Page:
I often seem to be around people who mistakenly view me a technological wizard - that is not true, at all, even though I love technology. I always feel it's my "job" to make people understand something so they can see how beneficial/useful/fun it would be for them. I've decided to adopt this concept that it's not my job to make people understand. I think it will be easier of everyone concerned.

Her secret weapons included saying:
You could be right
You're right
Have you seen the new PT Cruiser (or something else off the wall)
Tell me more
I've never thought about it that way...I'll have to consider it
I need some time to think about that, give me an example

She also said that when you're dealing with people and they're doing something you don't like to remember that they are clueless about that and that it's not about you - it's about them. They're doing what they're doing because it serves them, not because it doesn't serve you. It's not your job to prove them wrong and curiousity is your best secret weapon.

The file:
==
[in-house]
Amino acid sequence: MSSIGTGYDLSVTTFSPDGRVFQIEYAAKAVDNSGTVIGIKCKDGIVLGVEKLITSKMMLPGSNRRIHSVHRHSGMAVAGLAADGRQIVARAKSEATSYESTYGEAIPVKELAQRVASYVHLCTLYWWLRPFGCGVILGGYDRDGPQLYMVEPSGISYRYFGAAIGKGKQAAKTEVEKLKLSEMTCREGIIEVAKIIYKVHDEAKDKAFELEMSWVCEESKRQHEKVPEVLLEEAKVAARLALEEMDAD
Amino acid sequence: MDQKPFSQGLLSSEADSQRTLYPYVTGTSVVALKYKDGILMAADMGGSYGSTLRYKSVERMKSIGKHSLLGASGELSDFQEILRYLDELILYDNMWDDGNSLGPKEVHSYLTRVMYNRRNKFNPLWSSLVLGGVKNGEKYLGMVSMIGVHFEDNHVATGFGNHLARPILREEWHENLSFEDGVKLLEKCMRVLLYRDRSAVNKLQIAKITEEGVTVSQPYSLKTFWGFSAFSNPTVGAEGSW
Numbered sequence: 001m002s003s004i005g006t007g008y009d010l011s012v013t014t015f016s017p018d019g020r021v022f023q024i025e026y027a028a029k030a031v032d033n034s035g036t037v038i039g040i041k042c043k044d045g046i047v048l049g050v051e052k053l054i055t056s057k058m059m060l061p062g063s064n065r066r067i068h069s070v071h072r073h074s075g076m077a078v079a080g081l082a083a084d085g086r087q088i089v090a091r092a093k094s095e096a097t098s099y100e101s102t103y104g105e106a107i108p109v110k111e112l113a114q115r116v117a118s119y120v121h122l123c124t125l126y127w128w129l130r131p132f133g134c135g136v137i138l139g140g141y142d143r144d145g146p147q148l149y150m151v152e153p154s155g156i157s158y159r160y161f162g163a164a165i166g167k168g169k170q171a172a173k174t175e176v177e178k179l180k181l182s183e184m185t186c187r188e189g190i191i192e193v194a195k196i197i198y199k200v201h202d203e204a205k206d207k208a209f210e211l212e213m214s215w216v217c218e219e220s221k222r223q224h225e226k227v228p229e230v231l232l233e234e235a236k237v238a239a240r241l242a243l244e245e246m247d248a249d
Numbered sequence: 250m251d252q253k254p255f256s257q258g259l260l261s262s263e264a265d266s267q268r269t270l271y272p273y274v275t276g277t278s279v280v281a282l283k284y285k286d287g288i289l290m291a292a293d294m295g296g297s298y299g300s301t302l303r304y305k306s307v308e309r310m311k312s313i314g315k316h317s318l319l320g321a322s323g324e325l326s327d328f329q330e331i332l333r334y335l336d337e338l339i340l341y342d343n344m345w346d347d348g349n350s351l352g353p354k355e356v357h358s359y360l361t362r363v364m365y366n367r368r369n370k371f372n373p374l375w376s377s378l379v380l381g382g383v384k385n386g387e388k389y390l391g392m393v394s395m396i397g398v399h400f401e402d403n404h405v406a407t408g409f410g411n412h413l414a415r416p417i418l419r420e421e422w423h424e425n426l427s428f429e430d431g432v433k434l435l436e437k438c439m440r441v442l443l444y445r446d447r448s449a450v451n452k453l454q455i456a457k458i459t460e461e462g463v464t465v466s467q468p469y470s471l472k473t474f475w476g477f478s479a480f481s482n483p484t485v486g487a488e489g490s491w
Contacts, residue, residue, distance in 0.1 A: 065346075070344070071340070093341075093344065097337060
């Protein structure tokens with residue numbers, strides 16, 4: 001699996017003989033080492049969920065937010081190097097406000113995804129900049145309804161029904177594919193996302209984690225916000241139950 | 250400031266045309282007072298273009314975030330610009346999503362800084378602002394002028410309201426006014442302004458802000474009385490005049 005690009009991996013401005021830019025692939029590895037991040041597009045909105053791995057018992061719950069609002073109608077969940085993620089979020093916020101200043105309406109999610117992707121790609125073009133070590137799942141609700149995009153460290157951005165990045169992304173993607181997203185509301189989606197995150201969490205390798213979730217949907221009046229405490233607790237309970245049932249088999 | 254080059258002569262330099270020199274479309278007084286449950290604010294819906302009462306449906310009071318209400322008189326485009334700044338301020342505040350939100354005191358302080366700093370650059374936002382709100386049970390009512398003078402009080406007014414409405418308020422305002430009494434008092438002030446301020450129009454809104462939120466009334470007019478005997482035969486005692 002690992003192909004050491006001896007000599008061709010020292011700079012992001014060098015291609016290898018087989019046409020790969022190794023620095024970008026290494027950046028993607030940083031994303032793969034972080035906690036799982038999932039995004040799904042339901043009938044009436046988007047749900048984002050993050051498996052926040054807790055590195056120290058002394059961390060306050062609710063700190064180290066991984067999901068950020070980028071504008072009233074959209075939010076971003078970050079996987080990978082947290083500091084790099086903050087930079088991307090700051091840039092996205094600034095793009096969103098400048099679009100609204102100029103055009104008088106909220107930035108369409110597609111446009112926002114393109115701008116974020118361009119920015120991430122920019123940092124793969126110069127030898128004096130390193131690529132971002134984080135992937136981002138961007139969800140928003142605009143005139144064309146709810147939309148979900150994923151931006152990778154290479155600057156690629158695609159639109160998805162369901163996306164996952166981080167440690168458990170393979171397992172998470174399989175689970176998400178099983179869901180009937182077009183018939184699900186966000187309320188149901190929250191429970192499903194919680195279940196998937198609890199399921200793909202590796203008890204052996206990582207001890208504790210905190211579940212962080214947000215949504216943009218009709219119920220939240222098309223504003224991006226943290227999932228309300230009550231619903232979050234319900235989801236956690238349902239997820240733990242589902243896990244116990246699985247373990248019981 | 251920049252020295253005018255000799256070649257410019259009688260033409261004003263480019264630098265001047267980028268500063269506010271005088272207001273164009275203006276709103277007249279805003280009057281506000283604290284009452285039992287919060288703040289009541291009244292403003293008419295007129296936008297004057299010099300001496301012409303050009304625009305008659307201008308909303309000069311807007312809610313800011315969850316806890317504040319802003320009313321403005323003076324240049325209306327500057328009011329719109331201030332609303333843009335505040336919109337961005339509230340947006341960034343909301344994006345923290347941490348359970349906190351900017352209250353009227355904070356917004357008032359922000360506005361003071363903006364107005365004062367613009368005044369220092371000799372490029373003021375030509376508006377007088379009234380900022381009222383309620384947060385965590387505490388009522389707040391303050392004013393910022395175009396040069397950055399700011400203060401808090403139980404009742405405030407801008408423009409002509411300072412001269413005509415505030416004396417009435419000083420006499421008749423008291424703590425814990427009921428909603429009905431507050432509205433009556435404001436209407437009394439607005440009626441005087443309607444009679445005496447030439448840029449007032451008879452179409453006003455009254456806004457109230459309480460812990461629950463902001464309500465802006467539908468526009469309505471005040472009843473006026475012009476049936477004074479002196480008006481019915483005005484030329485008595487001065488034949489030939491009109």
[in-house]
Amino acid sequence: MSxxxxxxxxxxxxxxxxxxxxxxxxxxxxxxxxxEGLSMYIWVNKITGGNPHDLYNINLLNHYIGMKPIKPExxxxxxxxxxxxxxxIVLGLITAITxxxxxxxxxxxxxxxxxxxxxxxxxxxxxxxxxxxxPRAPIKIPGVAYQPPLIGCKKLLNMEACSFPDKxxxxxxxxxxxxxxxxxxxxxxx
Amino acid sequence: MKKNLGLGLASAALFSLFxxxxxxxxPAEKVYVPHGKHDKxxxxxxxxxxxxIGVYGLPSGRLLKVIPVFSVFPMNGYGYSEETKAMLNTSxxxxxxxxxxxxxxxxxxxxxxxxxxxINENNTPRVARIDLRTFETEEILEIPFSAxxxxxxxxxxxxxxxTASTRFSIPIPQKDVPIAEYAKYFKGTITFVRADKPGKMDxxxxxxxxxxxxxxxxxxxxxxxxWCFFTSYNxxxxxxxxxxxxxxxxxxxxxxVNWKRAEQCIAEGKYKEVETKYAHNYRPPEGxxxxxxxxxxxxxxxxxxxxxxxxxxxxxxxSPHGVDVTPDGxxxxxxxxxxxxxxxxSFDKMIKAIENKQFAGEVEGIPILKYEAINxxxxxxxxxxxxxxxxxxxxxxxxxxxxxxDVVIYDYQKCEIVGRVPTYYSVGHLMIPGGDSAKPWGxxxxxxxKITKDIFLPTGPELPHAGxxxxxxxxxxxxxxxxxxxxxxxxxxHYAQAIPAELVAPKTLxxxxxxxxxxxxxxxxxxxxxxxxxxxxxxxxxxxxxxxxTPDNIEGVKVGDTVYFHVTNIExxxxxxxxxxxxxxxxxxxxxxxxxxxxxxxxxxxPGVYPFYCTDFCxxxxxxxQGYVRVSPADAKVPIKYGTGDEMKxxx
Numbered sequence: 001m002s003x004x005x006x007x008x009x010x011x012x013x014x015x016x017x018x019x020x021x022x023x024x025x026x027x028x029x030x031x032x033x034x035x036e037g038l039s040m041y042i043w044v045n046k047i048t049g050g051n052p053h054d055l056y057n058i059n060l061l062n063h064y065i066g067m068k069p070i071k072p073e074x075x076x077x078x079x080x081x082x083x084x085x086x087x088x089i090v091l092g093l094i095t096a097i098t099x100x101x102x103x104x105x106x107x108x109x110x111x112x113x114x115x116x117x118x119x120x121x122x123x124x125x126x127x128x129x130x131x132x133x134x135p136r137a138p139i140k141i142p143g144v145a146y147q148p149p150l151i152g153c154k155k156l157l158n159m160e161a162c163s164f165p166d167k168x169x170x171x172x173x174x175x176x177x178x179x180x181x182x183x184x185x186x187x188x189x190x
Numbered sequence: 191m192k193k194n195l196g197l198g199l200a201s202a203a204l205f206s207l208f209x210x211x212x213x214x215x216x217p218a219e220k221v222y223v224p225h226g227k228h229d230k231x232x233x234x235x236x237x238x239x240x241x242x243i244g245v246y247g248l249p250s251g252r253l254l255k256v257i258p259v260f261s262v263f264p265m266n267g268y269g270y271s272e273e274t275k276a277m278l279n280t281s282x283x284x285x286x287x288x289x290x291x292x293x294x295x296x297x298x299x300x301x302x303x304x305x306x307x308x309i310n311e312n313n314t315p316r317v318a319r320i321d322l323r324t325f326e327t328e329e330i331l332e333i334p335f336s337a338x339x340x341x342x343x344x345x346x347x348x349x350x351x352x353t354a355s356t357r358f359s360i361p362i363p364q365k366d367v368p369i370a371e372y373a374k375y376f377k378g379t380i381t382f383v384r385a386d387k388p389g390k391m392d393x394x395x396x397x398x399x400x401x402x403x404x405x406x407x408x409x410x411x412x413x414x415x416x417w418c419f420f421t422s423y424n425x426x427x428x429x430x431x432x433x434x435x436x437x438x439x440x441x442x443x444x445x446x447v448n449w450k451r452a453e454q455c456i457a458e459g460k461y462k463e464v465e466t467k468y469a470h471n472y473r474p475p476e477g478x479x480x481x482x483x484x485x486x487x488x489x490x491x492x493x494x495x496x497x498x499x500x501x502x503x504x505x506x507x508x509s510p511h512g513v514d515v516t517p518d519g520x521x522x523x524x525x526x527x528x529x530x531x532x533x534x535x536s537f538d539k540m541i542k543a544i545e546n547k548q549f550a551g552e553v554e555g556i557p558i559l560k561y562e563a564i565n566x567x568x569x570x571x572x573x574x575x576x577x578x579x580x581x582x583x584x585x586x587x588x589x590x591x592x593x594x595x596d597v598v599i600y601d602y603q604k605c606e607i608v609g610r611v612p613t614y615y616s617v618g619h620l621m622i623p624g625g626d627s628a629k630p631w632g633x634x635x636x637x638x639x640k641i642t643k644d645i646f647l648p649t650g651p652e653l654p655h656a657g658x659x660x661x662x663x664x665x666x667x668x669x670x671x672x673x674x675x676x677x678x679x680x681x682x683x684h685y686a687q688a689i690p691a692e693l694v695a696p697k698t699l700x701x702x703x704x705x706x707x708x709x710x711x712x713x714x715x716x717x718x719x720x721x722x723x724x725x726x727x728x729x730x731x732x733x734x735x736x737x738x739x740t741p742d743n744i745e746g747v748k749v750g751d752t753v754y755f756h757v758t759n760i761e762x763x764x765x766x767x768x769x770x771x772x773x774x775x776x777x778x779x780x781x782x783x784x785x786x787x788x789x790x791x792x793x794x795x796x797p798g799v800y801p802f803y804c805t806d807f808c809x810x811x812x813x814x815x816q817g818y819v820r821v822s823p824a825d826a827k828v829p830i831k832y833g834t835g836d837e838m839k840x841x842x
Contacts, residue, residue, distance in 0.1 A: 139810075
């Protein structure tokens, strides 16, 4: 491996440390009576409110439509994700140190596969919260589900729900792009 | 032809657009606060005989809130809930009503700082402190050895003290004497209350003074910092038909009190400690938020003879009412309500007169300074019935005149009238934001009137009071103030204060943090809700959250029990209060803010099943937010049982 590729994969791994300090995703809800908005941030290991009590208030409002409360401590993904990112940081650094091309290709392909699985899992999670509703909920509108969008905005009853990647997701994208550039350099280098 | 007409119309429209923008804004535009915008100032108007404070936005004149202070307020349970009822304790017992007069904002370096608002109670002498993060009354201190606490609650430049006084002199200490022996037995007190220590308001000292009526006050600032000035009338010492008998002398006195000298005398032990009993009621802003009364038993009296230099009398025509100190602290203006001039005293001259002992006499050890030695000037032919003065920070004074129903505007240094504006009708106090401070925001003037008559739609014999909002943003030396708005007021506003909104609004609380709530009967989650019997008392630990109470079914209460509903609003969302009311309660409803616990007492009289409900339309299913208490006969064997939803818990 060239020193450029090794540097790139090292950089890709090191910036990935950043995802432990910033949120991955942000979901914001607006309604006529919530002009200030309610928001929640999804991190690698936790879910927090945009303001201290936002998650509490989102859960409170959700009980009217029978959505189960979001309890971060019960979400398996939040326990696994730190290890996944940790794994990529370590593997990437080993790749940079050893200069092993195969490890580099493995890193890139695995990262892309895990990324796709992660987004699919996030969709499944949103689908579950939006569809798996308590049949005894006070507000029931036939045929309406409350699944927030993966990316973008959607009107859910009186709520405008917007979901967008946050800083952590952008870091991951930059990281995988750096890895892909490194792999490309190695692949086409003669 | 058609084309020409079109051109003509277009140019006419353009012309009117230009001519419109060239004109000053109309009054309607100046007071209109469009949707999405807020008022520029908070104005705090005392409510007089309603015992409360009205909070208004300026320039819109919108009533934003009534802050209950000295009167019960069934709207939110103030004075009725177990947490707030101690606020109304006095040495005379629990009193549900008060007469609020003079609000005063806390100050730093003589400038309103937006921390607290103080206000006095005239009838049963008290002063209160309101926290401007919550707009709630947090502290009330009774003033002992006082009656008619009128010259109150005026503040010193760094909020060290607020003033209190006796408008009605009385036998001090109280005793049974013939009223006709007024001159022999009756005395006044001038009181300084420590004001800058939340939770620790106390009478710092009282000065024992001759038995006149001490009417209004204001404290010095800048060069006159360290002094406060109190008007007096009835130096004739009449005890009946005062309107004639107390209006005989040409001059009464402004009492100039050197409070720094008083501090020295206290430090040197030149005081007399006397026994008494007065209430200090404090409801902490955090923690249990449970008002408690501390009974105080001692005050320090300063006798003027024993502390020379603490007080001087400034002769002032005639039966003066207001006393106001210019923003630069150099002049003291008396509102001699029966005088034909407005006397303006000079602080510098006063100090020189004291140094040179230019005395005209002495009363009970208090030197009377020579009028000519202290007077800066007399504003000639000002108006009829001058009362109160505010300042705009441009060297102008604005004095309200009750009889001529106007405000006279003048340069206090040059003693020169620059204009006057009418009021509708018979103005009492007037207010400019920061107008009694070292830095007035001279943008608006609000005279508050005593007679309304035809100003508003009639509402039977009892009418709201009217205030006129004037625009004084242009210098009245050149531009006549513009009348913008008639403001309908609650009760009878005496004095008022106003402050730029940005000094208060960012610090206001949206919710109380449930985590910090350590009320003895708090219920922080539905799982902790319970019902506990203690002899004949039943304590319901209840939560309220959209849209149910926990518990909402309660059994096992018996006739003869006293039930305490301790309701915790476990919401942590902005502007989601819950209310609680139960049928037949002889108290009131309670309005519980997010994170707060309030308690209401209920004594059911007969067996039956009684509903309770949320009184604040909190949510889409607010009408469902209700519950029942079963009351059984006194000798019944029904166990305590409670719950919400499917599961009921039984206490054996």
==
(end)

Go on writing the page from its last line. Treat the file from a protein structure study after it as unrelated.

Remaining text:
She suggested asking lots of open ended questions. "What" and "how" are the most important of the 5Ws and H. She said to stay away from "why" because it feels like judgment.

Obviously, I came away with some things to think about.